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A Palatable Sugar Free Chocolate?

post #1 of 11
Thread Starter 
Hello. I'll be opening my very first chocolate shop this summer, and am now looking for a good -- or the best -- brand of sugar free chocolate that I can use to make molded chocolates and other products with. I need some sugar free products to sell for those that want/need them, and I know it won't taste great, but I need the best of what's available out there. Anybody know of any palatable sugar free chocolate that can be bought in bulk?
Thanks so much.
post #2 of 11

These may help.
Regards Cakerookie
post #3 of 11
Thread Starter 
Thanks, Cakerookie -- it's not so much that I can't find out where to buy the sugar free chocolate, but I'm wondering what tastes better than the others. I can buy from all and check it out myself, but I'd like to know if other people have an opinion on the best tasting of these sugar free chocolates. But thanks for the list -- I will check them out.
post #4 of 11
Sorry, sometimes I do not read the posts all the way through. I do not know about sugar free chocolate but I am sure someone here will help you..
post #5 of 11
It's not available in my area so I haven't tried it, but I would think the sugar free Callebaut would be your best bet. As far as taste goes, it'll be just as good as the real thing, as it's maltitol based. Maltitol in baked goods/confectionary is pretty much indistinguishible from sugar.

Maltitol does have it's downside, though. It can be laxating if consumed to excess. For some people it can be laxating, period. It's also pretty high GI (Glycemic Index). A small portion of the sugar free/low carb community avoids it. Most people reaching for sugar free desserts are not that aware. I do see this changing, though.

As far as sugar free chocolate that doesn't include maltitol or lactitol (also laxating), that gets tricky. Hershey used to make an erythritol based chocolate called 1 carb, but from what I believe, they stopped making it. If your interested in a non maltitol chocolate, I'll dig up some sources.

Otherwise, go with the maltitol. It's a carbon copy for sugar and available in bulk from Callebaut.

Btw, you need this just for enrobing, right? An excellent ganache can be made with unsweetened chocolate and artificial sweeteners.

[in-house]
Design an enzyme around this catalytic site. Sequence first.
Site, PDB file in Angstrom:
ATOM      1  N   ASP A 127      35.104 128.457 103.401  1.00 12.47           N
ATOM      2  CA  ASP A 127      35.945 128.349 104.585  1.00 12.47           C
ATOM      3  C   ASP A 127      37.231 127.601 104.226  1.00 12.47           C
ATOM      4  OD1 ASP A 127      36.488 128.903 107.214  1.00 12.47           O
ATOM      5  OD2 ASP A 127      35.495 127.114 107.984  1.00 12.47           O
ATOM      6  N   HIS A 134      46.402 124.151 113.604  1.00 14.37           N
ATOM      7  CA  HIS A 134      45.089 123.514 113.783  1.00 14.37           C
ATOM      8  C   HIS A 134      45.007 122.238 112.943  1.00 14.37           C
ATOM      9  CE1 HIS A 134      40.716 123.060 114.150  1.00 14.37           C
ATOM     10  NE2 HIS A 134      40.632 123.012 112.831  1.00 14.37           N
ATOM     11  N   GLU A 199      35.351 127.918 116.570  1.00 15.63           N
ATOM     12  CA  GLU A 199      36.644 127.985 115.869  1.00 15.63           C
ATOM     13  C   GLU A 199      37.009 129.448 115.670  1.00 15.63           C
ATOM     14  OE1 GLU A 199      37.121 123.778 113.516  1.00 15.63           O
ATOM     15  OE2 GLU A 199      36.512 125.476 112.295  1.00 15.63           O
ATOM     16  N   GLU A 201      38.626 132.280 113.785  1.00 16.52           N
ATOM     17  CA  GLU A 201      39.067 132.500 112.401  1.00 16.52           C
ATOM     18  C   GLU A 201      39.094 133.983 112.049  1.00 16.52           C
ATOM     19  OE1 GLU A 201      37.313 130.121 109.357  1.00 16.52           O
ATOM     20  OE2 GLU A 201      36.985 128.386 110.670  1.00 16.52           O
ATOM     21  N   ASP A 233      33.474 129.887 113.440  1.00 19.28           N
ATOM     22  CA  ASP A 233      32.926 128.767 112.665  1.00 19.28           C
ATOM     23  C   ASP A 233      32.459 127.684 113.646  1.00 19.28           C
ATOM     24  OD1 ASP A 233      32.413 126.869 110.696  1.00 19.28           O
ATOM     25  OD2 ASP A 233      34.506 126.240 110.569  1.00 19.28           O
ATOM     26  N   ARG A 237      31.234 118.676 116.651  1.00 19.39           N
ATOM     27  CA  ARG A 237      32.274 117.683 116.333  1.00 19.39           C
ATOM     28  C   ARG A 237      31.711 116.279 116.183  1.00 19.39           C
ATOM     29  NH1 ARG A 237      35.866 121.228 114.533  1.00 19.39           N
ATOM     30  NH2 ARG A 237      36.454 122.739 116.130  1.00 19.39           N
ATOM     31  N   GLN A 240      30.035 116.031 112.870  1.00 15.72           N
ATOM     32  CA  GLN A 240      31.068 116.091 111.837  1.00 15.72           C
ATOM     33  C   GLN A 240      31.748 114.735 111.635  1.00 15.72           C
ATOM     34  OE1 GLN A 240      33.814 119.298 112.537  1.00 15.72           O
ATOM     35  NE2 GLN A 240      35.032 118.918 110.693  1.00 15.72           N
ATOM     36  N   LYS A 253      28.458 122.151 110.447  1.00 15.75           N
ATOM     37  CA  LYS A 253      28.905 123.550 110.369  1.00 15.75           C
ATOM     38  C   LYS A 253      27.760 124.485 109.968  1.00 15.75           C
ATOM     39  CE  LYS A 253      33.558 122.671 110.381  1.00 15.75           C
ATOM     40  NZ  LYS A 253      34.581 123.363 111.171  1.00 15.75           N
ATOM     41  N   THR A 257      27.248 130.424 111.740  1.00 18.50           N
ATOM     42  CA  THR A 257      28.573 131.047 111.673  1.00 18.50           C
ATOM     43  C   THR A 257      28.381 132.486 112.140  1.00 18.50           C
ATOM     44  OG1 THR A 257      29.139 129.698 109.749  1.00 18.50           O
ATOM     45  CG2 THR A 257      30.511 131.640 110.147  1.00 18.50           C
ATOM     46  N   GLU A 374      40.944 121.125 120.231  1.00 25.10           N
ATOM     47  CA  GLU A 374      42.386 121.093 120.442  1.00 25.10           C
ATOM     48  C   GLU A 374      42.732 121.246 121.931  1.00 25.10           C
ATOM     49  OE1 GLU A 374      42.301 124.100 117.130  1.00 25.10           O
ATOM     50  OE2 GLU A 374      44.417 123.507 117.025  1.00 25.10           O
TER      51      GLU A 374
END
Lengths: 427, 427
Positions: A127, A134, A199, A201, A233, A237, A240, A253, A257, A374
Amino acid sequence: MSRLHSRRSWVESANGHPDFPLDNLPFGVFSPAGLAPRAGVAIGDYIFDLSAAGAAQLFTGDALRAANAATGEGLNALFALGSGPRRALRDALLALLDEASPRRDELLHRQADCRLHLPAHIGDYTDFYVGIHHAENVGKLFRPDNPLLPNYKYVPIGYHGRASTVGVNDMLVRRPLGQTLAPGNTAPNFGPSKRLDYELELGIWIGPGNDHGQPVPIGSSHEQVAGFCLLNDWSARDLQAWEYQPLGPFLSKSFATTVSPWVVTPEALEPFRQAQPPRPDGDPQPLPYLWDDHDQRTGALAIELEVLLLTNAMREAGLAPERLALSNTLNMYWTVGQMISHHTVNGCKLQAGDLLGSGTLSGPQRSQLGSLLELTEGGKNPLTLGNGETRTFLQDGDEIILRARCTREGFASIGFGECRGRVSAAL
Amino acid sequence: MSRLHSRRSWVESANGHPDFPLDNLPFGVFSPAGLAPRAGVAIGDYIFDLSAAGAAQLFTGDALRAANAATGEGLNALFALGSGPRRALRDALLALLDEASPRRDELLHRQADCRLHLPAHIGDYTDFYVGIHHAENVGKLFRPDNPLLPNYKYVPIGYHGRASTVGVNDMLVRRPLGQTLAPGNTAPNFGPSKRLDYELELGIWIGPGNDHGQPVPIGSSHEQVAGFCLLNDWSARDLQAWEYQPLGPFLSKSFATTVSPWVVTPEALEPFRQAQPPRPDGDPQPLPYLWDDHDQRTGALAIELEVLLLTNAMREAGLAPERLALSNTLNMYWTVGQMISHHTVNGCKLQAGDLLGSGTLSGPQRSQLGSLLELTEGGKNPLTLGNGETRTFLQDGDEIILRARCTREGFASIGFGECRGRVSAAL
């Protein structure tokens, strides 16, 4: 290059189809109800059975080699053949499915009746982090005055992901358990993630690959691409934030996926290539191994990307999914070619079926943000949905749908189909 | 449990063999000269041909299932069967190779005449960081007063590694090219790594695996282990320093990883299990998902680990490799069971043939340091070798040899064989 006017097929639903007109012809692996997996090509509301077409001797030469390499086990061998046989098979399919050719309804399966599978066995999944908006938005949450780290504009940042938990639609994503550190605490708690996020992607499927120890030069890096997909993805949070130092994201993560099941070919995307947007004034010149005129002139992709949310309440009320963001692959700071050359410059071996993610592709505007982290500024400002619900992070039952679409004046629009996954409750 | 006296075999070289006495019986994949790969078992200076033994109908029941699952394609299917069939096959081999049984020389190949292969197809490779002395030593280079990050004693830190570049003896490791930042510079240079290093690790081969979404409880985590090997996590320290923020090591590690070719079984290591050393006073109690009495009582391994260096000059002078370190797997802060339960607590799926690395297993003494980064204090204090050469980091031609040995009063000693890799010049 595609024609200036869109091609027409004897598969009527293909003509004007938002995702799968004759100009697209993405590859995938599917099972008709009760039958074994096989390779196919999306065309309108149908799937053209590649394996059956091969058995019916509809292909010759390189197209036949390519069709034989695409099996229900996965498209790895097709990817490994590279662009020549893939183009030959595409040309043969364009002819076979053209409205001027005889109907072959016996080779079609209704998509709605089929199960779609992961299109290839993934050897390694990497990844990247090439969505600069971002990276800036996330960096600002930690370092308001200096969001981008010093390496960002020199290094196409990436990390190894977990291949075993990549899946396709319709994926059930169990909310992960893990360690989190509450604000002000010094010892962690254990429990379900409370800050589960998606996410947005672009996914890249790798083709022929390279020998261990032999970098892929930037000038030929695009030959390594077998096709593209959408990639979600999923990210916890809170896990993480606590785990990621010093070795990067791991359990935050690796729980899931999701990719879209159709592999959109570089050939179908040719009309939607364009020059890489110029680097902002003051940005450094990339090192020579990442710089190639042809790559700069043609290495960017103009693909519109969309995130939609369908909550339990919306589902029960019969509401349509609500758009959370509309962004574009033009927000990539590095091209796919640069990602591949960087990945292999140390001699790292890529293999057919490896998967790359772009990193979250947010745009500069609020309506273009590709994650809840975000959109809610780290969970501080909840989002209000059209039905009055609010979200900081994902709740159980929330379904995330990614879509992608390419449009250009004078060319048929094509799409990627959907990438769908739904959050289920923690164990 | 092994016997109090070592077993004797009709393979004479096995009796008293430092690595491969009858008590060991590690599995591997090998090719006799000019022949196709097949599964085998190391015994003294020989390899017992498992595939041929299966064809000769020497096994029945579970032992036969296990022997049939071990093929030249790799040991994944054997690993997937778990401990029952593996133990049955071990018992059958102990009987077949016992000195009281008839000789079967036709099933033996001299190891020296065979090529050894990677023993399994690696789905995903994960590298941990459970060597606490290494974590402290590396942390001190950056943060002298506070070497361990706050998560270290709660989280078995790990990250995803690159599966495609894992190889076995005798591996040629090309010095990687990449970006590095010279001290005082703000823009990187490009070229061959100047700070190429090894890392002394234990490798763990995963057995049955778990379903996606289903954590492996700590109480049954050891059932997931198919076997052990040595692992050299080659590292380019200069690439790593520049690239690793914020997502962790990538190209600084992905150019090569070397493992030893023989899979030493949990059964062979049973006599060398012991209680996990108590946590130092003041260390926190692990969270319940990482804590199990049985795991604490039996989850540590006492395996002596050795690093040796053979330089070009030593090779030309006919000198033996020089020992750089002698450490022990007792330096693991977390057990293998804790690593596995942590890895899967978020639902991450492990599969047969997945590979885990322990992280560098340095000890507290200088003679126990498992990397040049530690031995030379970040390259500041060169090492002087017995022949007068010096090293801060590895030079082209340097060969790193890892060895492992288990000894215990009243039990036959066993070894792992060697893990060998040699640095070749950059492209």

post #6 of 11
Thread Starter 
Thanks, yes, enrobing is what I was thinking of. Now that you mention it, though, I could use a good ganache recipe with sugar free products, if you have one.

Lucky me, Callebaut is building a 25,000 square foot production facility about 20 minutes from me. I can't wait till it's open!! In the meantime, I'll look for their sugar free chocolate.

post #7 of 11
Betty, my ganache recipe is still far from complete. Even if I had something finalized, I'm not sure what value it would be for you. I am a devout low carber of many years- strongly anti-maltitol and pro sweetener combining (4 different sweeteners in the same recipe). A lot of my ingredients can't be purchased retail. It's a fairly radical approach :)

There's loads of good sugar free recipes floating around the web. If you're willing to use maltitol, just buy powdered maltitol and combine it with unsweetened chocolate and cream. Callebaut makes a phenomenal unsweetened chocolate.
post #8 of 11
Thread Starter 
Thanks for the advice. I'll check out the Callebaut. I'm a low-carber, too, but most of what I make tastes like ... well, you get the idea. I do feel, however, compelled to offer some sugar-free products in my new shop.
post #9 of 11
Go with Barry Callebaut if possible; the best sugar free I've seen. Maltitol has 90% of the sweetness of sucrose and one of the highest laxation thresholds of the sugar alcohols. Erythritol also has a very high threshold but it's just too expensive. The sugar alcohol you want to keep away from is Mannitol; it has a very low laxation threshold. Eat a few candies with Mannitol and walk directly to the rest room.
post #10 of 11
Thread Starter 
Thanks, I'm going to check out the Callebaut. I'm assuming that people who want/need to buy sugar free chocolates expect to pay a bit more, so I'm not going to worry about the expense just yet. Thanks for the advice.

post #11 of 11

sugarfree chocolate

I looked around for sugarfree chocolate for quite a while. I am using a lot of Swiss chocolate in my shop and wanted a good sugarfree chocolate for some of my diabetic clients. But it couldn't be too expensive either. For the past few years I have been using Nestle's Peter's sugarfree chocolate which is sweetened by Maltitol (like many others). In 2002 Nestle sold the Peter's chocolate line to Cargill Inc. You can check the Internet for places where you can buy it.
I made sugarfree truffles using the Peter's chocolate line (semi-sweet dark, milk, and white), treating the sugarfree chocolate just like regular chocolate and it worked out great. Most of my clients who taste the sugarfree chocolate comment that it tastes just like the "real" thing. But you know, it's a matter of taste.
As far as pricing is concerned, I am charging only a little bit more than I do for regular chocolate.
Check it out and let me know what you think.
Good luck
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